Episode 8 The War of 1812 The Chesapeake and the Shannon – In this dramatic clash of titans, the “kill rate” of ten men per minute far eclipsed the death toll of any previous naval battle. The War of 1812 marked the transition to a more technological era of greater killing efficiency the Modern Age of War. In this context, American “super frigates” had been soundly drubbing British warships, and the captain of the USS Chesapeake, James Lawrence, had every reason to think an encounter with HMS Shannon would prove no exception.But in the evening of June 1, 1813, eleven minutes of carnage left 103 men dead and the American captain for whom a victory feast awaited in Boston, mortally wounded. The Chesapeake was captured, the British victorious. Why was the battle between Shannon and Chesapeake so ferocious and bloody? How did the British win such a crushing victory against the odds? Battlefield Detectives brings together scientists and historians to solve this compelling mystery.
Episode 9 Pointe du Hoc – Dawn, June 6, 1944. The largest invasion in history is underway. Four miles to the west of the Allied landings at Omaha Beach, a flotilla of landing craft head towards Hitler’s “Atlantic Wall” defenses. They are carrying just 200 men of a newly trained elite force the United States Rangers. Their objective is the vital German coastal defense gun battery on a headland known as the Pointe du Hoc. Climbing the ninety foot cliffs under a storm of German bullets and grenades, the Rangers find that the German guns are not where they should be. What follows is a desperate game of cat and mouse, as the Rangers attempt to hunt down the guns. The story of their mission is remembered now as one of the most extraordinary aspects of the D-Day landings.
Episode 10 The 6-Day War – At 7:45 a.m. on June 5 1967 Israel launched the most successful preemptive air strike in military history. Within a few hours virtually the entire Egyptian Air Force lay in smoldering wreckage. Fighting on three fronts against the combined might of five different armies Israel secured a stunning victory in a mere six days. How did this tiny state manage to overcome an Arab enemy that had twice as many soldiers three times as many tanks and four times as many airplanes? With firsthand testimony from combatants and military planners plus access to key figures in the intelligence world we gain insight into the meticulous preparations that the Israeli military undertook in the 1960s. Field testing of key Israeli weapons and analysis of battlefield strategy on both sides show how this extraordinary victory was achieved.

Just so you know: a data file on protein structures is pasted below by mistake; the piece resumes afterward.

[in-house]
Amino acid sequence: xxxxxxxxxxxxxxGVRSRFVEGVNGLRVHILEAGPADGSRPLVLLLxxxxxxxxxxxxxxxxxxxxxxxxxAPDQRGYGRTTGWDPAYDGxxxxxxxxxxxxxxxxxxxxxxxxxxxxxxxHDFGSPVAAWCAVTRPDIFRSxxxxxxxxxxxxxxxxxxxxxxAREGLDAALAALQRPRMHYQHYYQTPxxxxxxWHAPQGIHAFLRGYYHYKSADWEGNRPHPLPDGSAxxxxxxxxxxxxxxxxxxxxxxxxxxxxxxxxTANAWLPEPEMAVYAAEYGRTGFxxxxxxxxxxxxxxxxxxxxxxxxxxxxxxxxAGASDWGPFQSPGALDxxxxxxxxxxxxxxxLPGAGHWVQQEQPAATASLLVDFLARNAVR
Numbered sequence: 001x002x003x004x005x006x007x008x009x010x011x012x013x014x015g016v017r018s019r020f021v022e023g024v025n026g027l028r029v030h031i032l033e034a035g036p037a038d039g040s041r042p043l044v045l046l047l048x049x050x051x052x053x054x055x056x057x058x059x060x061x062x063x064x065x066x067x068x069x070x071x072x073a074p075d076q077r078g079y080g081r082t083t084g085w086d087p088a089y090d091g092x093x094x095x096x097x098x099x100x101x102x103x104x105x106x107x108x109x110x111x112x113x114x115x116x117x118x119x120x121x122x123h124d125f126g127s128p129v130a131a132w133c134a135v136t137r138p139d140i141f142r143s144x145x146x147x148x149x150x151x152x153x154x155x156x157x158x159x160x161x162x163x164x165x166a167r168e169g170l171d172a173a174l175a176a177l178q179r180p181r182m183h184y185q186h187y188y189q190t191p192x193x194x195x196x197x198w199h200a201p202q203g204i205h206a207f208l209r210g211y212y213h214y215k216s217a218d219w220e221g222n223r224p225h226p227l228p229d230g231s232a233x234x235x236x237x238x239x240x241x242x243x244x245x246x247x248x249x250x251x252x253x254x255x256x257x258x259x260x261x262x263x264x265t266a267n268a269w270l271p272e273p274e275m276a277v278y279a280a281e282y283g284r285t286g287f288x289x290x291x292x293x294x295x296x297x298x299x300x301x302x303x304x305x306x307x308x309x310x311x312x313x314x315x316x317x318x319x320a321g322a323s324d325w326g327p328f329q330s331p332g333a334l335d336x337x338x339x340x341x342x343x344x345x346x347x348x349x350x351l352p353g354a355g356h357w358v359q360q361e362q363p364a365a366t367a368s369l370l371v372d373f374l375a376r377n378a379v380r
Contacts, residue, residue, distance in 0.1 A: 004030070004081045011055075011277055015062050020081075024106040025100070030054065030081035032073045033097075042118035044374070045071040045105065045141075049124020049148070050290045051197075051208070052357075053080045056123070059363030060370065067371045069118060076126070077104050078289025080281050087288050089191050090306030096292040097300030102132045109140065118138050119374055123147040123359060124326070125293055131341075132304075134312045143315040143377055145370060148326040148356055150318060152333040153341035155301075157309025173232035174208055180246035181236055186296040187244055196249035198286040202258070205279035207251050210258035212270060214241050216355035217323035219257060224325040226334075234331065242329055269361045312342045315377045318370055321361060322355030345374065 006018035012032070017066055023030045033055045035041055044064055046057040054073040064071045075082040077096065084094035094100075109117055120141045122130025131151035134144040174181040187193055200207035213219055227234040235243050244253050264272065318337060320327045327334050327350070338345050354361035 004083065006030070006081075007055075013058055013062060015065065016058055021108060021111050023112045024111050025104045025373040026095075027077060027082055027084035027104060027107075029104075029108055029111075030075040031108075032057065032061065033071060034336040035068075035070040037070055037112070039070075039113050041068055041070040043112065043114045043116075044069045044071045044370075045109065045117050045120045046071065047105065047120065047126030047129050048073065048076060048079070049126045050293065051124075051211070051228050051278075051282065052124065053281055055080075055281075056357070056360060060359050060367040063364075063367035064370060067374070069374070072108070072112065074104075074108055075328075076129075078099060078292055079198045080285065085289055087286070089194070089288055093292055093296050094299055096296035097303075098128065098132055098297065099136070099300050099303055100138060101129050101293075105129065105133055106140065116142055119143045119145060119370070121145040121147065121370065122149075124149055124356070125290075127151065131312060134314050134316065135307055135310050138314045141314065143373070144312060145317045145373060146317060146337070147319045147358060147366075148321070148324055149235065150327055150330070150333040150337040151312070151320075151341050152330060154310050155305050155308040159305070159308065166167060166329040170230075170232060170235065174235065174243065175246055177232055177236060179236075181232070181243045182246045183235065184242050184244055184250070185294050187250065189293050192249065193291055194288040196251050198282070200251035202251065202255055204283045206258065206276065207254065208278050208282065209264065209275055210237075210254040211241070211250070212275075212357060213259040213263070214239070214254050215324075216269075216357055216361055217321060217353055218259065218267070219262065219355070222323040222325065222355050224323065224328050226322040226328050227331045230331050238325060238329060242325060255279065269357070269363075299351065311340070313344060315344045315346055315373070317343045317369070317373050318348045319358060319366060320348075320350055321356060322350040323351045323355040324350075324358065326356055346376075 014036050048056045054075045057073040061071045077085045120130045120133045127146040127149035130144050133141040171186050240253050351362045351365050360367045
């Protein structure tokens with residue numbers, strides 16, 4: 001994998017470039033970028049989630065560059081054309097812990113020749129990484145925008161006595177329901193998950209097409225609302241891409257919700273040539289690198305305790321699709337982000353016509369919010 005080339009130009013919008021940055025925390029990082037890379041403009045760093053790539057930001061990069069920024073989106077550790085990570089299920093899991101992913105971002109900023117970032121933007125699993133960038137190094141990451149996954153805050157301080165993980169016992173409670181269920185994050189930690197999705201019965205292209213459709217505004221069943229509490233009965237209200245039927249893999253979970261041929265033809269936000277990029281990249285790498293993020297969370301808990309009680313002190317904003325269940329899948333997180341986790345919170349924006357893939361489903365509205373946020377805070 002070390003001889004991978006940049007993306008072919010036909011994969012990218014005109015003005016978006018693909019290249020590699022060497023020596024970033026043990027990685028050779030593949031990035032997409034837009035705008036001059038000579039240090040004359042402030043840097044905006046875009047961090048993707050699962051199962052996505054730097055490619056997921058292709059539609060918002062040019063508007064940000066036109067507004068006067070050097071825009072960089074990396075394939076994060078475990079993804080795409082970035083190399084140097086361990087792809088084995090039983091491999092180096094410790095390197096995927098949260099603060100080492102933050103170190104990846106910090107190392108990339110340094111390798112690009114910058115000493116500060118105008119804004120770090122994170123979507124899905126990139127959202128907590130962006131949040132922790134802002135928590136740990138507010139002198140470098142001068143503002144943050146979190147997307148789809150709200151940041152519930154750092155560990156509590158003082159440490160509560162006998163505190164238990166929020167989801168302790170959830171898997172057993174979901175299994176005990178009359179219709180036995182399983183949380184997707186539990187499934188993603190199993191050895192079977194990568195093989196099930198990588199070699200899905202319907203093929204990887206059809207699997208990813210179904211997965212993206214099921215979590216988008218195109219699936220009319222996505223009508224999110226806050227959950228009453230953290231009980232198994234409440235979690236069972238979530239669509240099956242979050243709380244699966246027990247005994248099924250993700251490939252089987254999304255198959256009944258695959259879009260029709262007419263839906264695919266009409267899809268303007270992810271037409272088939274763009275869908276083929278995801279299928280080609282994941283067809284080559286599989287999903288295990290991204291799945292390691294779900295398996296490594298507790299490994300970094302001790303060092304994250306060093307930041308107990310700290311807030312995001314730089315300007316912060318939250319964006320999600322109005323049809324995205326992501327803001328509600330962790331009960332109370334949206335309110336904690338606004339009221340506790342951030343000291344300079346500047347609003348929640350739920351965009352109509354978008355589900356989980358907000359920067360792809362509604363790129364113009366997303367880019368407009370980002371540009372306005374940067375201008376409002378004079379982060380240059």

Episode 11 Civil War Shiloh – Before dawn on Sunday, April 6, 1862, shots rang out near Shiloh, on the west bank of the Tennessee River. A Confederate army had launched a surprise attack on their unsuspecting Union enemy. The Confederates had chosen the battlefield and the moment to attack. And they achieved almost total strategic and tactical surprise. Twelve hours later they seemed to be in a commanding position but on the next day they withdrew in disarray. For nearly 150 years, Confederate failure has been blamed on the fact that they lost valuable time at a place called the Hornet’s Nest where a detachment of Union soldiers held the line. But now forensic history is uncovering a very different story of why things went so badly for the Confederates at the Battle of Shiloh.
Episode 12 Alesia – In the late summer of 52 BC, Julius Caesar, Rome’s most brilliant general was pitted against the great Gallic chieftain Vercingetorix. Fifty thousand Roman soldiers came face to face against a quarter of a million Gallic warrior the Gauls. For the first time, at a small hilltop called Alesia in what is now central France, all Caesar’s enemies were gathered in one place. And Caesar won. Yet for 2,000 years there’s been only one explanation for his victory his own. Does evidence from the battlefield correspond with this account? The battle that day shaped the map of modern Europe. How did Caesar do it? Recent archaeological discoveries, systematic analysis of Roman warfare, and extraordinary photographic evidence reveal the secrets of Caesar’s success.
Episode 13 Battle of Big Hole – With the slaughter of Custer’s forces fresh in their memory, the US 7th Infantry undertook the eviction of Nez Perce Indians in southwest Montana with a mix of vengefulness and fearful caution. Respecting their foe’s deadliness, the detachment carefully planned an aggressive campaign, its brutal intensity meant to overwhelm and avoid a repeat of Custer’s fate. The early-morning sneak attack began according to plan, but by day’s end the 196-strong force was under siege, pinned down by a small group of warriors in a clump of trees. How did the Infantry fail despite knowing the Indians’ fearsome potential? What became of their aborted mission? Using the latest detailed forensic research, Battlefield Detectives reveals why things nearly ended in disaster for the Army at the Battle of Big Hole.